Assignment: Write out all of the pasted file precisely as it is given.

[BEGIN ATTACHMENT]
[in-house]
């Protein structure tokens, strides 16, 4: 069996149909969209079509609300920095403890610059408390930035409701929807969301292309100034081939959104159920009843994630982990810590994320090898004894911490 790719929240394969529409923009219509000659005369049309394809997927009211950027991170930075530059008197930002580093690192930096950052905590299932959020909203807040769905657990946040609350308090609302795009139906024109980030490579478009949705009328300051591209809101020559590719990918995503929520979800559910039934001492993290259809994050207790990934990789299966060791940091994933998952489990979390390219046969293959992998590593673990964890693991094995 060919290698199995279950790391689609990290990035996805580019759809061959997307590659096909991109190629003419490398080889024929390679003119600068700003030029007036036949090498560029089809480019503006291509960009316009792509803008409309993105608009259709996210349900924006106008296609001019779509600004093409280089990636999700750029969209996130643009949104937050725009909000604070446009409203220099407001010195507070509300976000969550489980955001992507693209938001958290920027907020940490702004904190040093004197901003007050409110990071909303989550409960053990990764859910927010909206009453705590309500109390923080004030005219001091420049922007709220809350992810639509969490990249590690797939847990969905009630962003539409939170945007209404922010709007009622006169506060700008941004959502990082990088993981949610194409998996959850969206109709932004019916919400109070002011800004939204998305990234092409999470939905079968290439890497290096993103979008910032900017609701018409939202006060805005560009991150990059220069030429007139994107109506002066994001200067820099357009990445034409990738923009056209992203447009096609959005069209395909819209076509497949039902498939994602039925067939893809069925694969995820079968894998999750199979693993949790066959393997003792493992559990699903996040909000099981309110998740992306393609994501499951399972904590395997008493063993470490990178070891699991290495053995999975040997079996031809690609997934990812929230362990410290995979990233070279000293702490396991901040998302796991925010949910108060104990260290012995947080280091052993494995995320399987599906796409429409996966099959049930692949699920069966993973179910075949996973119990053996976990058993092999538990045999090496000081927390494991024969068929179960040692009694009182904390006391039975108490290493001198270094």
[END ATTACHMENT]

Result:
[in-house]
């Protein structure tokens, strides 16, 4: 069996149909969209079509609300920095403890610059408390930035409701929807969301292309100034081939959104159920009843994630982990810590994320090898004894911490 790719929240394969529409923009219509000659005369049309394809997927009211950027991170930075530059008197930002580093690192930096950052905590299932959020909203807040769905657990946040609350308090609302795009139906024109980030490579478009949705009328300051591209809101020559590719990918995503929520979800559910039934001492993290259809994050207790990934990789299966060791940091994933998952489990979390390219046969293959992998590593673990964890693991094995 060919290698199995279950790391689609990290990035996805580019759809061959997307590659096909991109190629003419490398080889024929390679003119600068700003030029007036036949090498560029089809480019503006291509960009316009792509803008409309993105608009259709996210349900924006106008296609001019779509600004093409280089990636999700750029969209996130643009949104937050725009909000604070446009409203220099407001010195507070509300976000969550489980955001992507693209938001958290920027907020940490702004904190040093004197901003007050409110990071909303989550409960053990990764859910927010909206009453705590309500109390923080004030005219001091420049922007709220809350992810639509969490990249590690797939847990969905009630962003539409939170945007209404922010709007009622006169506060700008941004959502990082990088993981949610194409998996959850969206109709932004019916919400109070002011800004939204998305990234092409999470939905079968290439890497290096993103979008910032900017609701018409939202006060805005560009991150990059220069030429007139994107109506002066994001200067820099357009990445034409990738923009056209992203447009096609959005069209395909819209076509497949039902498939994602039925067939893809069925694969995820079968894998999750199979693993949790066959393997003792493992559990699903996040909000099981309110998740992306393609994501499951399972904590395997008493063993470490990178070891699991290495053995999975040997079996031809690609997934990812929230362990410290995979990233070279000293702490396991901040998302796991925010949910108060104990260290012995947080280091052993494995995320399987599906796409429409996966099959049930692949699920069966993973179910075949996973119990053996976990058993092999538990045999090496000081927390494991024969068929179960040692009694009182904390006391039975108490290493001198270094």